California's employment report for April will be released tomorrow.
"One would certainly expect that these export numbers would lead to job growth," said Jon Haveman, a research fellow at the Public Policy Institute of California. Haveman, who specializes in trade issues, said the quarterly recovery in tech exports was particularly impressive.
California shipments of computers and other electric equipment and machinery increased about 21% in the first quarter from a year earlier, to $12.2 billion, according to federal government data prepared by the Massachusetts Institute for Social and Economic Research. Exports of medical and surgical instruments rose 22% to $2.86 billion while aerospace parts and equipment more than doubled to $2.65 billion.
"We are absolutely seeing a lot of orders," said Gary Johnson, vice president of Ace Clearwater Enterprises Inc., an aerospace parts supplier in Torrance. Johnson projected that his company's exports would nearly triple, to as much as 15% of the firm's overall revenue this year, from 2002. Partly because of that, he said, Ace is adding half a dozen workers to its current payroll of about 175, including welders and engineers.
Overall, California businesses exported $27.1 billion worth of goods in the quarter, with an array of high- and low-tech product categories seeing substantial gains.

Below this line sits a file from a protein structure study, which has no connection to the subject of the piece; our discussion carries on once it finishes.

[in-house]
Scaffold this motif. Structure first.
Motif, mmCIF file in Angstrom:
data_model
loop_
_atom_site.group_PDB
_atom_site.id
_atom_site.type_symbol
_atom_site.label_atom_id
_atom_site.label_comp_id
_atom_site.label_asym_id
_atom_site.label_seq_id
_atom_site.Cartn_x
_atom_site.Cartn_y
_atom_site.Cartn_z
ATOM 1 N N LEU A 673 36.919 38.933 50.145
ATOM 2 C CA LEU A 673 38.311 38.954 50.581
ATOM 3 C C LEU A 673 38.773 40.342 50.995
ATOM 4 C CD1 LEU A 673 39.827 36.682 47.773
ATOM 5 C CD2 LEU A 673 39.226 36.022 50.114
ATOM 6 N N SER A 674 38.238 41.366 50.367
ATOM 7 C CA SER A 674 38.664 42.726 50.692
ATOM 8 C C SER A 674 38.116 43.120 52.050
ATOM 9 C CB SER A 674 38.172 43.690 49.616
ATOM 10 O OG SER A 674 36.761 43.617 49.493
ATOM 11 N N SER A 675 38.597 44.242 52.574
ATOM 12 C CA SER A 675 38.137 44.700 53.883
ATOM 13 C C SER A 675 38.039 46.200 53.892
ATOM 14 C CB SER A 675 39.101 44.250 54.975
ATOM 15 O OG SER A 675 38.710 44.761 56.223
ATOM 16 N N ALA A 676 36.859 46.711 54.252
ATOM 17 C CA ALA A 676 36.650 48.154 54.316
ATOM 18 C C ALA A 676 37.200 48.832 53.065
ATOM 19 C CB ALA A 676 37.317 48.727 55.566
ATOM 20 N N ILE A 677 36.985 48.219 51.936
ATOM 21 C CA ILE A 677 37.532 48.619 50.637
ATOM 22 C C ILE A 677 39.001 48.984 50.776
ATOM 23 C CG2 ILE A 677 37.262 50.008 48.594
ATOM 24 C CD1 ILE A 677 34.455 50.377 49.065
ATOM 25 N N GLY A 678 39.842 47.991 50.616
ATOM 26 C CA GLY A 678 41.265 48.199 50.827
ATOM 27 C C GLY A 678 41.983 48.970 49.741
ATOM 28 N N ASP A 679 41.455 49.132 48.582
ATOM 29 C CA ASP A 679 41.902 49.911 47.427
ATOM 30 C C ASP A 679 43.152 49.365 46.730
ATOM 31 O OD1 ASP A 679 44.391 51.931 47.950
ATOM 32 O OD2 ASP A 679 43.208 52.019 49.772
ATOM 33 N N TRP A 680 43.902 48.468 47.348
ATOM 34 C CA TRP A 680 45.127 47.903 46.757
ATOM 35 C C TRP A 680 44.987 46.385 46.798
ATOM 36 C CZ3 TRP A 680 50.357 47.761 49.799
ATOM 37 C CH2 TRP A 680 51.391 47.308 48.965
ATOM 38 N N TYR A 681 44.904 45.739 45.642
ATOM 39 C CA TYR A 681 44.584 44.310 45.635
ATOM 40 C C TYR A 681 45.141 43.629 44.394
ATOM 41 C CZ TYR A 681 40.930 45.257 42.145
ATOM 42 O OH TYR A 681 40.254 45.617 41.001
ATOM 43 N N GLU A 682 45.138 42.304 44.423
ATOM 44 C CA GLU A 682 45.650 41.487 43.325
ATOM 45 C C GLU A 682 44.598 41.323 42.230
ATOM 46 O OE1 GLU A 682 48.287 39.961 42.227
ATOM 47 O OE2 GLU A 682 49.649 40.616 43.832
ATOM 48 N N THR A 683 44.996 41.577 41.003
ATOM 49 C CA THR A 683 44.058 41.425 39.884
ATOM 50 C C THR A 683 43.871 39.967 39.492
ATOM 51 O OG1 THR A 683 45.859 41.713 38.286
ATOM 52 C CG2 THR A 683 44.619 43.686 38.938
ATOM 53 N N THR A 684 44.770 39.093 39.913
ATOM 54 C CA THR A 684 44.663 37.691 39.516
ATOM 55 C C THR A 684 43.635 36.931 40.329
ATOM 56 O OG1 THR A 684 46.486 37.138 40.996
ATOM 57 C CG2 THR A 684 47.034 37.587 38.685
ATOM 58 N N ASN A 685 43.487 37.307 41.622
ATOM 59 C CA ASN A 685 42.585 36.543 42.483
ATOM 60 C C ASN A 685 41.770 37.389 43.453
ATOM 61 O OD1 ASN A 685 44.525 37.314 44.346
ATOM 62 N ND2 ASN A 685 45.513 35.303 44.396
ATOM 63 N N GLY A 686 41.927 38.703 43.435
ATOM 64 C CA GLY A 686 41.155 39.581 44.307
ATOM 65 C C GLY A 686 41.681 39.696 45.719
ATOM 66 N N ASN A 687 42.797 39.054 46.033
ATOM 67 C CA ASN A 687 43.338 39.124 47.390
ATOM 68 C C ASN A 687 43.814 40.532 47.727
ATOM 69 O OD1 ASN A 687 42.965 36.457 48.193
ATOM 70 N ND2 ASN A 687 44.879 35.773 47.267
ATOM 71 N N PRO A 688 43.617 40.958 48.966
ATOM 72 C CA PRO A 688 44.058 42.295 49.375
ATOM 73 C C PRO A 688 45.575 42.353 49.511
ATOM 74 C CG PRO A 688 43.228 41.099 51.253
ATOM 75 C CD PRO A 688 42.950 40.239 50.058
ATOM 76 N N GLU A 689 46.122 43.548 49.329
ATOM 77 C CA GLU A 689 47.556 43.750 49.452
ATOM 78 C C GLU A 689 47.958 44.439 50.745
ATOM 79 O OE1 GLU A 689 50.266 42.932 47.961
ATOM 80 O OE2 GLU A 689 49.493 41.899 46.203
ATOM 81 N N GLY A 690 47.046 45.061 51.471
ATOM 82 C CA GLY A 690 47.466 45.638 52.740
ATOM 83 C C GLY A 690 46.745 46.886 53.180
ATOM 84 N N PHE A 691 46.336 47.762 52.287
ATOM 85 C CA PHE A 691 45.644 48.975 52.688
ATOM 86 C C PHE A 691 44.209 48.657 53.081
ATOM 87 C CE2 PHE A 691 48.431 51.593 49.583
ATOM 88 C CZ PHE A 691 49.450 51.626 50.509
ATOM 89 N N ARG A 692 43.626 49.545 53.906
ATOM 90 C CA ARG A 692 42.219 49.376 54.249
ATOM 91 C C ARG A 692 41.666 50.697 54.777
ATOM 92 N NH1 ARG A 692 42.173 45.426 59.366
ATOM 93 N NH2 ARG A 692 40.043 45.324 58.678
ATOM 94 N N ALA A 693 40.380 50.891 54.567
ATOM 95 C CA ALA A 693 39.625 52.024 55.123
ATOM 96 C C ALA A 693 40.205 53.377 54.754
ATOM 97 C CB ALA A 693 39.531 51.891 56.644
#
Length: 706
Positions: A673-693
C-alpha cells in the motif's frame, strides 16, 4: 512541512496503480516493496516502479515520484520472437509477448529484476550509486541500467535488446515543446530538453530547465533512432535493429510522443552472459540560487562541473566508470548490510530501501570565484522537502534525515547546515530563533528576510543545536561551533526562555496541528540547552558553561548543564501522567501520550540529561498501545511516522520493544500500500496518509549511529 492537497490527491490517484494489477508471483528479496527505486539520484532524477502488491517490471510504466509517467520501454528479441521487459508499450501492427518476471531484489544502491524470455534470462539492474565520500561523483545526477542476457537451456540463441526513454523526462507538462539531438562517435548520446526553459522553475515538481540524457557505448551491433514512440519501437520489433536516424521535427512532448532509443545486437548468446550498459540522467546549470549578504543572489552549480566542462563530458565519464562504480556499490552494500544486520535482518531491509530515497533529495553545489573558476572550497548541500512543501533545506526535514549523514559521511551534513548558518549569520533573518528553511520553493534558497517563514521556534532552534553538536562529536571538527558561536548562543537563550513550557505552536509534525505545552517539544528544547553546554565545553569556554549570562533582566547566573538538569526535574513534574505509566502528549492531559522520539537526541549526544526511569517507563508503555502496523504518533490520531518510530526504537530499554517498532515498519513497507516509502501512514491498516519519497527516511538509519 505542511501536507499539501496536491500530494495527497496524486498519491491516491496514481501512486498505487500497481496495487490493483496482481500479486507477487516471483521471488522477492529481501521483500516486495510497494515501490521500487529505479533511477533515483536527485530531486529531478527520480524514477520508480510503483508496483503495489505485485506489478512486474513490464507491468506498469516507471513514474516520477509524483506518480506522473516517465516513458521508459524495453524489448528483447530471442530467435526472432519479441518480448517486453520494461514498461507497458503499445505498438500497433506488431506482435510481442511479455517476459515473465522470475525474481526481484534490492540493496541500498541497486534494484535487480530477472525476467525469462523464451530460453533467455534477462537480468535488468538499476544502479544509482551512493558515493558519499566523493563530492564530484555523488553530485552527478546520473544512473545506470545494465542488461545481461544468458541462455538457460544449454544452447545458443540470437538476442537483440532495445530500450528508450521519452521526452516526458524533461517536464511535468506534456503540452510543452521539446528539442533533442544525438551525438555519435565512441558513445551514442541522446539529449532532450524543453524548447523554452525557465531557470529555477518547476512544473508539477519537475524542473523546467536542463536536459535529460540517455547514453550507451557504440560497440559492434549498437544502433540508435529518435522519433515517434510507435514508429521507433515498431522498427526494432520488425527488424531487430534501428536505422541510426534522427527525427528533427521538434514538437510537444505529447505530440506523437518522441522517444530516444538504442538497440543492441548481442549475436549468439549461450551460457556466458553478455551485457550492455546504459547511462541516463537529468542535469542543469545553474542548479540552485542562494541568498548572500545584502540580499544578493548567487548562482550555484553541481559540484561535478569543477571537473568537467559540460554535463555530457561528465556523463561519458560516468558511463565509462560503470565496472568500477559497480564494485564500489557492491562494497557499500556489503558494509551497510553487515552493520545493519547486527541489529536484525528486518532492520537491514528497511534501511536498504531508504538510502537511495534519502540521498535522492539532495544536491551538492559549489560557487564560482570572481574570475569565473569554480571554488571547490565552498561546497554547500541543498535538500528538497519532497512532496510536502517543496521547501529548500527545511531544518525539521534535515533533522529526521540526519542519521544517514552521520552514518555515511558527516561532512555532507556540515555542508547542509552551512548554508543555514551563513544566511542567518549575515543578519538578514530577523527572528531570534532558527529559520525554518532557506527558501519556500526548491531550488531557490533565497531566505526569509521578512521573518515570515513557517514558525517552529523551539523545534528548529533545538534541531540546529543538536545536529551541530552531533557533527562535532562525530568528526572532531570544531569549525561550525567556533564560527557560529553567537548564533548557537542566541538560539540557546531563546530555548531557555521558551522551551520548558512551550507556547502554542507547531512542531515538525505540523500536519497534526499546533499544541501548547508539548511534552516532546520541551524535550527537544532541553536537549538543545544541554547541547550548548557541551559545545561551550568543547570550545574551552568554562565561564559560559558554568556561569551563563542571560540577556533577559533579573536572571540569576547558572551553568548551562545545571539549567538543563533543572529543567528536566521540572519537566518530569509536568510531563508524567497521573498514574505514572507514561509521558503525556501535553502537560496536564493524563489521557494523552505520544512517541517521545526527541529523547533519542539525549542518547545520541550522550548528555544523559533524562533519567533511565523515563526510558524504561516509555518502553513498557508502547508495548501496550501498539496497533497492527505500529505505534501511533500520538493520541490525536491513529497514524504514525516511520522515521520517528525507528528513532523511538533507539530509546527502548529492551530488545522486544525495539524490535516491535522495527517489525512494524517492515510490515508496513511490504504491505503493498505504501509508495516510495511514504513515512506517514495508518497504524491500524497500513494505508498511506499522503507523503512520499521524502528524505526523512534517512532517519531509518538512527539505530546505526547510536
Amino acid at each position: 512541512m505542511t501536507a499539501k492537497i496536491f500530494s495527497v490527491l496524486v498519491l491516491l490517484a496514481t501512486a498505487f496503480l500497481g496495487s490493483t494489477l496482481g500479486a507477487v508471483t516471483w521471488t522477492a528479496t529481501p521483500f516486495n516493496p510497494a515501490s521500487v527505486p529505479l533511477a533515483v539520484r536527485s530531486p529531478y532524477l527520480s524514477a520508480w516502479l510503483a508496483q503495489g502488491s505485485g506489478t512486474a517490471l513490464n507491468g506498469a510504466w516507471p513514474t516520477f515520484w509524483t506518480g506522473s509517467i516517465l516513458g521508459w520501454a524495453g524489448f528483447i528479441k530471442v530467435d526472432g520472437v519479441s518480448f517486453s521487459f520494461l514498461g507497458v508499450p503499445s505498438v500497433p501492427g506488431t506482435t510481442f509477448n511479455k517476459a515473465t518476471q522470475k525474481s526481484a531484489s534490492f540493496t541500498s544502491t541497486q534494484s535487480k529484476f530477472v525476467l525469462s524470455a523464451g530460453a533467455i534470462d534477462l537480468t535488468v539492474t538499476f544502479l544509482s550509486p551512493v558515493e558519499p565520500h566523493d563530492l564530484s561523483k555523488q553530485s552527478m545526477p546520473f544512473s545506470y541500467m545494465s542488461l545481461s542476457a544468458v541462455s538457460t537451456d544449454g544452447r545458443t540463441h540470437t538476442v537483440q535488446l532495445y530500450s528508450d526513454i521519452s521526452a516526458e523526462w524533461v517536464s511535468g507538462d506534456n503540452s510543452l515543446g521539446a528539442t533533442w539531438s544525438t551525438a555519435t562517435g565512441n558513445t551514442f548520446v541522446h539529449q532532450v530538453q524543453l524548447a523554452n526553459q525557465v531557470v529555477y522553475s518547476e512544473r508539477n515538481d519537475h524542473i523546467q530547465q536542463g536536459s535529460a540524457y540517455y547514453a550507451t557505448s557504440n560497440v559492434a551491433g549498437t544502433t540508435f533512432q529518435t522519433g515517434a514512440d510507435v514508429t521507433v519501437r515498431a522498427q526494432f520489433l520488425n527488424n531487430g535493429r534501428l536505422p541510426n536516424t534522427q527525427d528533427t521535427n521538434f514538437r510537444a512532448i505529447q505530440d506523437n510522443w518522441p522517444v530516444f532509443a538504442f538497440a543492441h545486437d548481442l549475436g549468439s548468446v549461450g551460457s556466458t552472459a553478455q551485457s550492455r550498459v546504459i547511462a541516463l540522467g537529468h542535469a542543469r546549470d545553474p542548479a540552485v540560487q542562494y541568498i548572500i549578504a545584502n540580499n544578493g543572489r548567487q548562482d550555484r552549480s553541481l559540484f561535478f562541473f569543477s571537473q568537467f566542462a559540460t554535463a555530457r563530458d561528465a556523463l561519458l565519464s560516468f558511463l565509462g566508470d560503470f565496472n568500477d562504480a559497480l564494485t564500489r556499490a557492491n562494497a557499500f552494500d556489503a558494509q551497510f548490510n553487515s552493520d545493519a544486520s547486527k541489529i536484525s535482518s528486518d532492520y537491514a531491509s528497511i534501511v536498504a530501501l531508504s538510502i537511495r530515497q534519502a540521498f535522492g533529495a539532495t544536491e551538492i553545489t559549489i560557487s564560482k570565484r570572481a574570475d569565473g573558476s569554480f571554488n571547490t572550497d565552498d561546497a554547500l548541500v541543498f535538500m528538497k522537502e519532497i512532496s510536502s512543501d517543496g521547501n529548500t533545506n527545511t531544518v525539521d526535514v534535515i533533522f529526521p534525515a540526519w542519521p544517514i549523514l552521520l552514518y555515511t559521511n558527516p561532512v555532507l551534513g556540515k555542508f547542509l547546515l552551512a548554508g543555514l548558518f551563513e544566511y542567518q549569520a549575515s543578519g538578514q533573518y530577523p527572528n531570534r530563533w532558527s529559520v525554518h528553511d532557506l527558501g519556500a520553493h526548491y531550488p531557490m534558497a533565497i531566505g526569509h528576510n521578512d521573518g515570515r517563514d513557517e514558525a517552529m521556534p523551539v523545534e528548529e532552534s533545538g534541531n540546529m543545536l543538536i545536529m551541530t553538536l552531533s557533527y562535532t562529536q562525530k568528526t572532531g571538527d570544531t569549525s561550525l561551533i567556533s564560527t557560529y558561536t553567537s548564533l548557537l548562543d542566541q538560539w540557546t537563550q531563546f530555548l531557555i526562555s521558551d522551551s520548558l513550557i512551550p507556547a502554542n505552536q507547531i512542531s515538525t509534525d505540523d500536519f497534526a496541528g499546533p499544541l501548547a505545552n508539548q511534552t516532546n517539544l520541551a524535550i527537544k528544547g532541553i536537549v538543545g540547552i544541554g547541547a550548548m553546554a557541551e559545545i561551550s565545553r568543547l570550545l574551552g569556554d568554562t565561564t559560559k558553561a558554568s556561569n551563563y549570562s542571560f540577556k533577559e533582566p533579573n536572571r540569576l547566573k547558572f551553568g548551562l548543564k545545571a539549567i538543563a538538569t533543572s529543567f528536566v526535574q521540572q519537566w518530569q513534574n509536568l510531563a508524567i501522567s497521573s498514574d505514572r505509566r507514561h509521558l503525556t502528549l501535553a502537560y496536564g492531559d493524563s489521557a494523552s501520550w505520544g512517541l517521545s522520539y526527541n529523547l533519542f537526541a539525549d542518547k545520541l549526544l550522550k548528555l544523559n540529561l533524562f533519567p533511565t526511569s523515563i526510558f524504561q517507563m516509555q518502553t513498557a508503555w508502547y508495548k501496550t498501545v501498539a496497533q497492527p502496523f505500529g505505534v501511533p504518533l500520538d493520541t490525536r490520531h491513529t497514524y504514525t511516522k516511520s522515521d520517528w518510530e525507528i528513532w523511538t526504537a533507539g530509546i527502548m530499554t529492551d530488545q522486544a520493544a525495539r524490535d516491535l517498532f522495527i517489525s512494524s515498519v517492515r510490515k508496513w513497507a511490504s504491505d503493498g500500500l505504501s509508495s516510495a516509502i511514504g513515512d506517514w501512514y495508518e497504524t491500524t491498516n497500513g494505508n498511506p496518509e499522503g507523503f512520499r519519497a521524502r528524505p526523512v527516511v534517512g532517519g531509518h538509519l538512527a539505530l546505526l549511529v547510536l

Exports of iron and steel products jumped 60%, nuts and fruits were up 33%, and sports equipment and games rose 9%. California-made apparel was one of the few items that saw a significant decline in exports.
Across industries, one common thread tied many companies' increases in exports: China.
In the second half of last year, China became California's fourth-largest export destination, moving ahead of South Korea. The activity has since accelerated, as China's rapid industrialization and production are generating a huge appetite for commodities and consumer goods.
Analysts have raised concerns about China's overheated economy and the central government's efforts to cool things down, which some fear could lead to a broader slowing in that region and cause pain for businesses around the world. But some economists and export directors at companies don't appear to be concerned about that at the moment.
"With my fingers on the pulse right now, it's all systems go," said Robert DeMartini, general manager of the export division at Hayward Pool Products, a swimming pool equipment maker with a big plant in Pomona.
He said his company's sales to Asia in the first quarter were up 77% from a year earlier.
Other exporters in the state are benefiting from the weak dollar, which makes US goods cheaper overseas.
John Lawrence, president of Lawrence Equipment Inc., a South El Monte maker of equipment for producing tortillas and other flat breads, said the dollar's fall helped make his company's products more attractive in Europe than those of some of its rivals.
One of the biggest orders this year, he said, came from food maker General Mills Inc., which purchased a $4.2-million tortilla production system to be installed in Spain.
The company's other overseas sales this year are to Belgium, Australia, the Netherlands and, most recently, to China.
Selling tortilla-making products in China may seem a bit odd, he said.
But then again, Lawrence added, "This is a global economy."